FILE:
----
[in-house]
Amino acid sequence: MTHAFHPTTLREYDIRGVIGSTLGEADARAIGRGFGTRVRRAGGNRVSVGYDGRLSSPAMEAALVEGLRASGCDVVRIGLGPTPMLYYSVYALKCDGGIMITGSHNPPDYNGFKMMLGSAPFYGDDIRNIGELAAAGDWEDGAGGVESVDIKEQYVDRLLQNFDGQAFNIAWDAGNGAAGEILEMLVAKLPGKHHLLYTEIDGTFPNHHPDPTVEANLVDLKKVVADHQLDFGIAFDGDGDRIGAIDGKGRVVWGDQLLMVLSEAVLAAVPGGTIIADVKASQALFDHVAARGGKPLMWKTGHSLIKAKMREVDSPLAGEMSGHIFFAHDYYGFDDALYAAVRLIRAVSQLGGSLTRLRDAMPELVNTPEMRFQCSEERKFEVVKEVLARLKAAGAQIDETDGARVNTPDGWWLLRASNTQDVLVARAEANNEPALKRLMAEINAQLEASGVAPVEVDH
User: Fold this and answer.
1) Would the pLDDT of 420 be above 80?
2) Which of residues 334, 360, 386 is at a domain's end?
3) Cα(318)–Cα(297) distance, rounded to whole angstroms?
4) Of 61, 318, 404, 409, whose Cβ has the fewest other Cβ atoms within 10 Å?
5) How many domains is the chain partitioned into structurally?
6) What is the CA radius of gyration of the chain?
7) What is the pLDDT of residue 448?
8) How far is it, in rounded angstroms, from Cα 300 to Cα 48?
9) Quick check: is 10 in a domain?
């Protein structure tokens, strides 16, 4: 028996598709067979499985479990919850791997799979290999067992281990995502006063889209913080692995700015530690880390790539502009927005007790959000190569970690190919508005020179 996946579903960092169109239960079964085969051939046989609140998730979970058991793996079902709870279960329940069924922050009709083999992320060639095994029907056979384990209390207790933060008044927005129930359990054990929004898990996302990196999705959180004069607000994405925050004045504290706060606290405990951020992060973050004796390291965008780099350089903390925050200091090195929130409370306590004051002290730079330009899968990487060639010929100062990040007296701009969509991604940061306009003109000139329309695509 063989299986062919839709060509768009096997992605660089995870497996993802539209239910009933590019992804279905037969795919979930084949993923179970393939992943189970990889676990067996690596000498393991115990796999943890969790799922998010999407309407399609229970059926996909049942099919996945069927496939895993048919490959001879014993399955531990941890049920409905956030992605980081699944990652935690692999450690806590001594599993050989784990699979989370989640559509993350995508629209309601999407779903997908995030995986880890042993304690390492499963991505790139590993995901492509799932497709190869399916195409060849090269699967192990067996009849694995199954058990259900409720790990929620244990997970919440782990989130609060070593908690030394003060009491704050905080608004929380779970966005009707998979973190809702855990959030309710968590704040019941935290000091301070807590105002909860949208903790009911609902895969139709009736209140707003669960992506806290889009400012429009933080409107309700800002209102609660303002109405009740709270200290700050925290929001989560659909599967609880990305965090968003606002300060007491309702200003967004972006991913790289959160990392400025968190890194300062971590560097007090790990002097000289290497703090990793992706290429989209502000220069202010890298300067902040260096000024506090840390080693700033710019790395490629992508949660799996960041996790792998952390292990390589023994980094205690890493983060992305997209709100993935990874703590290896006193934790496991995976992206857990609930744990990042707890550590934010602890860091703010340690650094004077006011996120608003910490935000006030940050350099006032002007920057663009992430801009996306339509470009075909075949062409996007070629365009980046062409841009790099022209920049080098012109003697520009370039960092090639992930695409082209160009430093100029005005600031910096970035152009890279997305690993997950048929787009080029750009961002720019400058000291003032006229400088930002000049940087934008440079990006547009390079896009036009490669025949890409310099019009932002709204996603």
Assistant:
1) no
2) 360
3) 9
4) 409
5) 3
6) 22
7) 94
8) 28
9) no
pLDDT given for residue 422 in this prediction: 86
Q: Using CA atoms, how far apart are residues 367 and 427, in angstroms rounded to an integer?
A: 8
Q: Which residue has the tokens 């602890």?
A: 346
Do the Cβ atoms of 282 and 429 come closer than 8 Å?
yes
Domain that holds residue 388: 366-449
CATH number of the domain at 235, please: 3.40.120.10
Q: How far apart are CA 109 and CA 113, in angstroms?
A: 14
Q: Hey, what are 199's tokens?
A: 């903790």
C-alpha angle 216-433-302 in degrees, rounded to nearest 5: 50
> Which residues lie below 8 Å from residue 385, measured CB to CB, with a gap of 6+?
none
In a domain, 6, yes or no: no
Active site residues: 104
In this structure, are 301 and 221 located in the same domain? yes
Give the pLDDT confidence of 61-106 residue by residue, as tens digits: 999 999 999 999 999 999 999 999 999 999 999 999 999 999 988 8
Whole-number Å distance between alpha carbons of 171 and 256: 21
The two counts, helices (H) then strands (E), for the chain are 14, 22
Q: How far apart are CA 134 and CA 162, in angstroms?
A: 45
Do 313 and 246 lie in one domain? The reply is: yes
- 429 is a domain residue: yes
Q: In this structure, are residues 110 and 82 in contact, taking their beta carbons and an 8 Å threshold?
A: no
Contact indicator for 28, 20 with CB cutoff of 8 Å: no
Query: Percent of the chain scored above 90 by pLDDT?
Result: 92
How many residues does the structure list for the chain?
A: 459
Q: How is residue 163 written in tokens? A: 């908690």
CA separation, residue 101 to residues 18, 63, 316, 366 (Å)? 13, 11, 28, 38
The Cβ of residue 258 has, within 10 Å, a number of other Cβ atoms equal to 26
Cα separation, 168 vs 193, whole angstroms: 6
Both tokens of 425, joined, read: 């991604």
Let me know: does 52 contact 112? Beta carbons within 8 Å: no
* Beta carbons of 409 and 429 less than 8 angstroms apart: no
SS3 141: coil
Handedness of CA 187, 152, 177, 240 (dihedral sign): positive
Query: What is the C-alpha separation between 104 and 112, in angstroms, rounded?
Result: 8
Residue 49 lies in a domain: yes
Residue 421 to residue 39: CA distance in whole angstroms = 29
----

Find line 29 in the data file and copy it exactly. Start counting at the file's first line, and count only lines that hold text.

Do the Cβ atoms of 282 and 429 come closer than 8 Å?